Angilbert (fl. ca. 840/50), On the Battle Which was Fought at Fontenoy

The Law of Christians is broken,
Blood by the hands of hell profusely shed like rain,
And the throat of Cerberus bellows songs of joy.

Angelbertus, Versus de Bella que fuit acta Fontaneto

Fracta est lex christianorum
Sanguinis proluvio, unde manus inferorum,
gaudet gula Cerberi.

Tuesday, August 16, 2011

Veritatis Splendor: Part 15--Corpus Humanum et Lex Naturalis

THE RELATIONSHIP BETWEEN NATURE AND FREEDOM, and the relationship between the nature of man and law, is an area which today is the center of heated argumentation: one might even say it is a sort of war on two fronts. The sides of an intense debate may roughly be categorized as: (i) advocates of an extreme form of scientific empiricism who unduly "narrow" human nature to scientific facts, and then, based upon these narrow scientific bases, advance an extreme scientific determinism, and (ii) advocates carrying a banner of an excessive human liberalism. At the center is the much beleaguered traditional, classical morality, which finds itself under siege, if not outright hostilities, with its implacable foes.

At the heart of the debate is the very notion of "nature," in particular human nature. The empiricist sees "nature" in solely empirical terms, limiting himself to "the world of the senses within space and time." The empiricist narrows his field of vision of human nature to dimensions that can be measured by instruments, by observation, by statistics. For the scientific empiricist, human nature, then, is nothing other than an amalgam of biological, psychological, cultural processes. By limiting man's nature to such empirically-verifiable measures an ethicist succumbs to the temptation to take these measures and the principle criterion of what is moral. At the extreme edge, some of these empiricists may even suggest that man cannot free himself from these unbreakable biological, psychological, and social laws, and thus is not free at all, but circumscribed by his own materialism. These view nature in a sort of mono-dimensional view: a one-dimensional man whose entire existence can be relegated to physical and biological processes.

In reaction, perhaps, to this excessive empiricism comes liberalism, which views human nature as something separate and distinct from human freedom and morality. Nature is viewed as something that is amoral, and not the source of any normative moral value. The liberal overlooks the "created dimension of nature," and therefore fails to grasp its "integrity," the message that is contained within it. Nature for these moralists is something over which man exercises power, including his moral power. It is not something which may be the source of moral norms or value. Nature is seen as a restriction to be overcome by man, and the source of man's morality is not nature, but is something constructed by man from his freedom which progressively must be exercised over and against nature which limits him. Others define man's nature as freedom, thus confusing the two categories resulting in making freedom "selfdefining and a phenomenon creative of itself and its values." In this latter instance, man ultimately does not even have a nature: it is essentially "his own personal life-project," man and his nature being "nothing more than his own freedom." VS, 46.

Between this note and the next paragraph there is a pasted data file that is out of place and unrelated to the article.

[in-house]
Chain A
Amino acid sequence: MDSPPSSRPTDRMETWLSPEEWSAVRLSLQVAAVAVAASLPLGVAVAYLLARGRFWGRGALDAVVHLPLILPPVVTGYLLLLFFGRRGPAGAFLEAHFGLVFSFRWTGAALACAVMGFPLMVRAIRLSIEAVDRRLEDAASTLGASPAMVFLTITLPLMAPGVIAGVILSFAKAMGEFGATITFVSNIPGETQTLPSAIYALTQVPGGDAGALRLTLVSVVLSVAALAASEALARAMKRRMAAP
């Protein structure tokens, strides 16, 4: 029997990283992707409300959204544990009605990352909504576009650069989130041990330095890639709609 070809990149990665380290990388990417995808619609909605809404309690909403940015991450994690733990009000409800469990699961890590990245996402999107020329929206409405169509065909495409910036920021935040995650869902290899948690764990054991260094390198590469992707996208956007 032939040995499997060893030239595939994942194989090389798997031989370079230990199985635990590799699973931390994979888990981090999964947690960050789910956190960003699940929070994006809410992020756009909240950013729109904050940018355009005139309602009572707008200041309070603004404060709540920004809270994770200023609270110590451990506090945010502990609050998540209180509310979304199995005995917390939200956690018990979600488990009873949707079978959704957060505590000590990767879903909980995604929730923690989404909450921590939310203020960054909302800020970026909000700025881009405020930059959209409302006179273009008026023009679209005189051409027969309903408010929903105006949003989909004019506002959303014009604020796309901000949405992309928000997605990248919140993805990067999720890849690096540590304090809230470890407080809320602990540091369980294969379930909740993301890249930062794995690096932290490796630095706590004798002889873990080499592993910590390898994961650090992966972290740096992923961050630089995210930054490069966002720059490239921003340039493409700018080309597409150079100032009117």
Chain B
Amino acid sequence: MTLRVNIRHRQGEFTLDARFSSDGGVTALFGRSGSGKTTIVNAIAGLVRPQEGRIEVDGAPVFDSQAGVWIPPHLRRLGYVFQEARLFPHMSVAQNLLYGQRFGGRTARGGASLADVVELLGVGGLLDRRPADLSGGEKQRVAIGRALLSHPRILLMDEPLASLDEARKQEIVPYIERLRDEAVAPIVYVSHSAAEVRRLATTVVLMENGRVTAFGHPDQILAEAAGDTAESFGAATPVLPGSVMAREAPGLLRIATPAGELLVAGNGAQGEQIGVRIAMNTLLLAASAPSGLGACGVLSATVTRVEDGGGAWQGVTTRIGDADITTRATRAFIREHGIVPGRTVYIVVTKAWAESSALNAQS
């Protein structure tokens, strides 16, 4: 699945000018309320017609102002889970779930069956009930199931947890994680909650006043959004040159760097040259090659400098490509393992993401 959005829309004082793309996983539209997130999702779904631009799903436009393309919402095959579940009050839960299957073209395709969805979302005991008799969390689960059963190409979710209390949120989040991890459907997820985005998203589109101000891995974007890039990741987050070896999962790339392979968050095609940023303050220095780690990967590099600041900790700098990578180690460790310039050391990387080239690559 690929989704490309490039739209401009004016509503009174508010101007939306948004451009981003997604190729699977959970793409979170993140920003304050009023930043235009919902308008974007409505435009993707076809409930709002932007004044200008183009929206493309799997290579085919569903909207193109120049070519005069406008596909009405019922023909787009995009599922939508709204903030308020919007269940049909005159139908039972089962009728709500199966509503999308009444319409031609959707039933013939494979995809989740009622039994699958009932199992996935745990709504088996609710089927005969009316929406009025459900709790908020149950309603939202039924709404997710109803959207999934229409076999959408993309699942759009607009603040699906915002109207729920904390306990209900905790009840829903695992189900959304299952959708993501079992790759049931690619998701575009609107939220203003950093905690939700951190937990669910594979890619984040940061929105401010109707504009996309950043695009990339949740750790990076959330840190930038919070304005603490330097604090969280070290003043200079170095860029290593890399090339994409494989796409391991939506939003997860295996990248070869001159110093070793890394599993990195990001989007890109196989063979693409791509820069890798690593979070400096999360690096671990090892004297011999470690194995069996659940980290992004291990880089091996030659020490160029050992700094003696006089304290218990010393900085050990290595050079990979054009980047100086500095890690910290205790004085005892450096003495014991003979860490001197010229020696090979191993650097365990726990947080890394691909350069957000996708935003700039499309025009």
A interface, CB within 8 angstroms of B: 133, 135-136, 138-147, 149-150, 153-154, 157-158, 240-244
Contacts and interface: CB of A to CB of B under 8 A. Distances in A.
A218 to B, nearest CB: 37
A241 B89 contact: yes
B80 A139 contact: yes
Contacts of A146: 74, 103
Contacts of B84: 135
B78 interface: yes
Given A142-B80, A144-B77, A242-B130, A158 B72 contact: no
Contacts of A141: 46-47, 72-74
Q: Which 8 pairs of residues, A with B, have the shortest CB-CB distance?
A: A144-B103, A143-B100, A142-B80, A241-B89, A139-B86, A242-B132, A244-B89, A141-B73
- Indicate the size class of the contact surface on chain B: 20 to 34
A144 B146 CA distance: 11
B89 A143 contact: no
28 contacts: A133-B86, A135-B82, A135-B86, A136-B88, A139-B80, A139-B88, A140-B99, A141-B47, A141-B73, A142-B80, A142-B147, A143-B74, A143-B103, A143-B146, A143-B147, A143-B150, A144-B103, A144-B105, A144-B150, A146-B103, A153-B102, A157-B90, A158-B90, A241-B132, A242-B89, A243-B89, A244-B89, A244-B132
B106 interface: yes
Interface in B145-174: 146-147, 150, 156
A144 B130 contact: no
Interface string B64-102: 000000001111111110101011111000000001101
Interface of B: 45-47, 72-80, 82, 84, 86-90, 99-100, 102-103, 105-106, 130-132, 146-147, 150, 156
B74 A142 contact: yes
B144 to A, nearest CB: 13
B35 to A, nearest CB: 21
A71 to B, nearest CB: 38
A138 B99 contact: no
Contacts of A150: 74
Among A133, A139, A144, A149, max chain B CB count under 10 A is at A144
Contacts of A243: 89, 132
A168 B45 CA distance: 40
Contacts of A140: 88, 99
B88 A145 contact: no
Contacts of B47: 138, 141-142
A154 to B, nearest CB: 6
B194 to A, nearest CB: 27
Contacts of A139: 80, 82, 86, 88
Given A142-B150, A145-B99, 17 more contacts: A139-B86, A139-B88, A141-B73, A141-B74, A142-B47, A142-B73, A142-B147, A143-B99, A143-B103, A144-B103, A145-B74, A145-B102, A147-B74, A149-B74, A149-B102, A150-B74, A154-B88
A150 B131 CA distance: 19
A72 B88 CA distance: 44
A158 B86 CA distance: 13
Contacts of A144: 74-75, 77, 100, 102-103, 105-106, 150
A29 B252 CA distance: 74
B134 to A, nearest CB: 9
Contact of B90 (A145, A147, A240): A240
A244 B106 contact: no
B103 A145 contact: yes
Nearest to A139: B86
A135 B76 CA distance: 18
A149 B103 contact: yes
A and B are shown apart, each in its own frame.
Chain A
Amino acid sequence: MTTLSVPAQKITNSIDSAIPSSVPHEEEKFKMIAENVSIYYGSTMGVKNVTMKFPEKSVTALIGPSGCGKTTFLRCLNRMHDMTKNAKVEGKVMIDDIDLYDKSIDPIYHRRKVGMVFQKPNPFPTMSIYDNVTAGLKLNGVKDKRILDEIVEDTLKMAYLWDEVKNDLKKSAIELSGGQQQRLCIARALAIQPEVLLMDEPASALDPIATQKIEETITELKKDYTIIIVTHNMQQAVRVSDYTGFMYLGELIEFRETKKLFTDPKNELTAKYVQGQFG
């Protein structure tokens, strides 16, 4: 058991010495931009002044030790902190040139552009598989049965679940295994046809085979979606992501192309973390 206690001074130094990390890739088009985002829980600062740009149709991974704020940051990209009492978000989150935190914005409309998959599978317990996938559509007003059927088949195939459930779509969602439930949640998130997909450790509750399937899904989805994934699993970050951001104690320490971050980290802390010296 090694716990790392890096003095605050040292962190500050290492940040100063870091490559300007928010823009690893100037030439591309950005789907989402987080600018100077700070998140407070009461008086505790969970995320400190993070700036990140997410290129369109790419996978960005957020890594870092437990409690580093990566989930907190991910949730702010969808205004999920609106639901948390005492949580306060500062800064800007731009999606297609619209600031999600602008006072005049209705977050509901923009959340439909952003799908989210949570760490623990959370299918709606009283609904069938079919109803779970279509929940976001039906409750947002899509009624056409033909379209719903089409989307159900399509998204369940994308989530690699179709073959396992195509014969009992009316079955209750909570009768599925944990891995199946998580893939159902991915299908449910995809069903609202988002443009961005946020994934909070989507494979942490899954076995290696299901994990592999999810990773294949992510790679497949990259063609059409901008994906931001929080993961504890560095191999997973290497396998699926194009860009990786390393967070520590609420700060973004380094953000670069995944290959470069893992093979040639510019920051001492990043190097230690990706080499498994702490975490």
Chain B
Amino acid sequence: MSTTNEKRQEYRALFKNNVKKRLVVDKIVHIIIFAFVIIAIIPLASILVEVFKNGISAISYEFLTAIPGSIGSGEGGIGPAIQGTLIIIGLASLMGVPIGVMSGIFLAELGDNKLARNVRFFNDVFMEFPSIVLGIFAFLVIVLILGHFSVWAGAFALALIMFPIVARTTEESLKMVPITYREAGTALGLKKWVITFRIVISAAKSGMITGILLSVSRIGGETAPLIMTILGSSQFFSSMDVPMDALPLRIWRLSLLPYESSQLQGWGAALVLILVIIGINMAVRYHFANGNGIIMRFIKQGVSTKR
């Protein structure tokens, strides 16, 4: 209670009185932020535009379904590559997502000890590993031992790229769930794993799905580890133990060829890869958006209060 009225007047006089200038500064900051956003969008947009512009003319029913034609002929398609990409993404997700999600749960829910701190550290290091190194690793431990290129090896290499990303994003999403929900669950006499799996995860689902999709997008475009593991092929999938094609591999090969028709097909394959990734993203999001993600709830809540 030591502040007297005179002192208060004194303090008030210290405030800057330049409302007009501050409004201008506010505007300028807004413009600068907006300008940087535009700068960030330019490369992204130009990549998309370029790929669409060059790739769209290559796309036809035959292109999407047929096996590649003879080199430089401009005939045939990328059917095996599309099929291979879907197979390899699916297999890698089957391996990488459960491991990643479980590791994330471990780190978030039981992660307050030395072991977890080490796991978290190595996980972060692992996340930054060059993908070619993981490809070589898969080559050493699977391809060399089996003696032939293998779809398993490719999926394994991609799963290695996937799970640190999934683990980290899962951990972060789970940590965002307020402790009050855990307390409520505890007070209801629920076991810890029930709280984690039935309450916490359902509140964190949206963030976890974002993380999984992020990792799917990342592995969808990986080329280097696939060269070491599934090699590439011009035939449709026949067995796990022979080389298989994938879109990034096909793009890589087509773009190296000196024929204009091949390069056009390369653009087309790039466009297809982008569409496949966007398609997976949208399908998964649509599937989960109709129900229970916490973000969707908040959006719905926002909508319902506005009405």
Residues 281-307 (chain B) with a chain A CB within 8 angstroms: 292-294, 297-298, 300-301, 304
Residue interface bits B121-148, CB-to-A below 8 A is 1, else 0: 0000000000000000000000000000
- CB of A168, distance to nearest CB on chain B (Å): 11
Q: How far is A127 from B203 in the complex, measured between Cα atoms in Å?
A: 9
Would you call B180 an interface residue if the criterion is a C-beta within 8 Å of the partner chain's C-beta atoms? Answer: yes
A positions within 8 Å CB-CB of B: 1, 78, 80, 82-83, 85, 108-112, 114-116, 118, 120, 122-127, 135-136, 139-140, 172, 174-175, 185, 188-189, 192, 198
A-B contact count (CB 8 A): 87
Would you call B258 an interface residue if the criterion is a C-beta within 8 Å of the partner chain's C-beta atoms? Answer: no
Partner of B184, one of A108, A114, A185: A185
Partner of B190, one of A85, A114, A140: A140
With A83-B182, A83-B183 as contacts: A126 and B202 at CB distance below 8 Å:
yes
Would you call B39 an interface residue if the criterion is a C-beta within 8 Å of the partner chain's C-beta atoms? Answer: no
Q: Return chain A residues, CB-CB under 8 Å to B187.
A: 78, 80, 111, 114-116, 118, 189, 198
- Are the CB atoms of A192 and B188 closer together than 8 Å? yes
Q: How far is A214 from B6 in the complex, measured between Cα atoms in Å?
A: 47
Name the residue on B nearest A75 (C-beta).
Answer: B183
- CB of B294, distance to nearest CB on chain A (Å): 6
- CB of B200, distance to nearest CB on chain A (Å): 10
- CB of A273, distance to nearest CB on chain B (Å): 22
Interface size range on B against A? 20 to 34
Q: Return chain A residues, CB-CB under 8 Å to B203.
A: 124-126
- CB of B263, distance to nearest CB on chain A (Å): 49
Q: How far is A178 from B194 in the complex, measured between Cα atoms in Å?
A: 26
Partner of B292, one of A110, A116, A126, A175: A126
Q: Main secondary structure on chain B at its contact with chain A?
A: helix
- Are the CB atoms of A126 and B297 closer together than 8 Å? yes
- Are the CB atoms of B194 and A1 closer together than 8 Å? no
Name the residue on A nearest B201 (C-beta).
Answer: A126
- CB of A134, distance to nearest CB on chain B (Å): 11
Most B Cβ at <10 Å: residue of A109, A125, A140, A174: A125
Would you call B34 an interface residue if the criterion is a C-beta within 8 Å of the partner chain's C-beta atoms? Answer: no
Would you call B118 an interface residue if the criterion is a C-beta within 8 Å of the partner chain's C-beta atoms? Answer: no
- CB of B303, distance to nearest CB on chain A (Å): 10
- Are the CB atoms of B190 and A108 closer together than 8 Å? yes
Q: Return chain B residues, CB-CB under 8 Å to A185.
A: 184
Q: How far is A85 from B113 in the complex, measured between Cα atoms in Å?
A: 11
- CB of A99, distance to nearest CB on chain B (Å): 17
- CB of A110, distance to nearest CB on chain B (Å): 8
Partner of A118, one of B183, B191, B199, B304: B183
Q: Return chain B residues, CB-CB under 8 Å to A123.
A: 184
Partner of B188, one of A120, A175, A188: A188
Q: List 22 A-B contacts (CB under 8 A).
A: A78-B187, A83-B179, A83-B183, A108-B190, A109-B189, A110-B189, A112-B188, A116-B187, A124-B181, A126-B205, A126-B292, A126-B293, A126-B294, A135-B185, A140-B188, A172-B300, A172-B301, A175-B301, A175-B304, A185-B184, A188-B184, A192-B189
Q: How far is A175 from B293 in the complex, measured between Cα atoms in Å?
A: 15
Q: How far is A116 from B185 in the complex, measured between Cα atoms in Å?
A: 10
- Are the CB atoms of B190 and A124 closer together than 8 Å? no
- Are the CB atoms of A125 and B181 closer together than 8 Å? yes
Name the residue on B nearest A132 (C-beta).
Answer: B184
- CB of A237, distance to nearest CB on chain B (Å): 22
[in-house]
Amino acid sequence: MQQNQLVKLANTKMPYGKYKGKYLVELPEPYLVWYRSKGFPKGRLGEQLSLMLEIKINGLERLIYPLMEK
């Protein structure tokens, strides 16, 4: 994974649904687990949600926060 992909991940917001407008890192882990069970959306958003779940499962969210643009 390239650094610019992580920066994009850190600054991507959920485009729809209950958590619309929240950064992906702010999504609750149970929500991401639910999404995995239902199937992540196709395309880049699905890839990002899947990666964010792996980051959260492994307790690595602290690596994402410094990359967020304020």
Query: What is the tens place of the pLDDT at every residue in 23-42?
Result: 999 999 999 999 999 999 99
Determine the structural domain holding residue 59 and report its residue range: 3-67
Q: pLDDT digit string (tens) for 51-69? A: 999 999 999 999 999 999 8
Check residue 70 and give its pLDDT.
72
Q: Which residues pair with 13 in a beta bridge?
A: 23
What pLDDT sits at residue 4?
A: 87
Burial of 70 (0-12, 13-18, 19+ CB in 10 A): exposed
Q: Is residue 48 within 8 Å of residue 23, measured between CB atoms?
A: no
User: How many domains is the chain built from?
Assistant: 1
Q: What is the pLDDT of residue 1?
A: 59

Either camp--scientific empiricism or moral liberalism--has misunderstood the notion of human nature. This misunderstanding is, in fact, displayed in the very objections the liberals commonly hurl against the traditional conception of natural law. Confused by their own principles, by their own limited understanding of nature as something empirical and divorced from creation, they accuse the traditional doctrine of natural law as being nothing other than forms of physicalism or naturalism, where physical or biological laws are simplistically extended to become moral laws.

Man is body and soul.

Such a view has even entered into the minds of "certain theologians," who accuse the Church's magisterial teachings as suffering from antiquated physicalism or naturalism, one which limits man's freedom, and fails to account for "both man's character as a rational and free being," and fails also to take into account "the cultural conditioning of all moral norms." These theologians would give to man the power to "freely determine the meaning of his behavior," so that, at best, "natural inclinations" would give rise only to a "general orientation towards correct behavior," but they in no way could "determine the moral assessment of individual human acts." For the liberal theologian, man, it would seem, is in the final analysis unmoored from his nature: that is a necessary implication of his freedom.

It is in the context of these notions that the Pope feels the need to "consider carefully the correct relationship existing between freedom and human nature," with a particular focus on "the place of the human body in questions of natural law." VS, 48.

The essential point of John Paul's view is that the human body is a significant aspect of man, and is an essential component of man's entire reality--who he is and what he is--and therefore is something that has within it moral meaning, a moral message. It is false, even in the name of freedom, to treat the human body as something without moral meaning.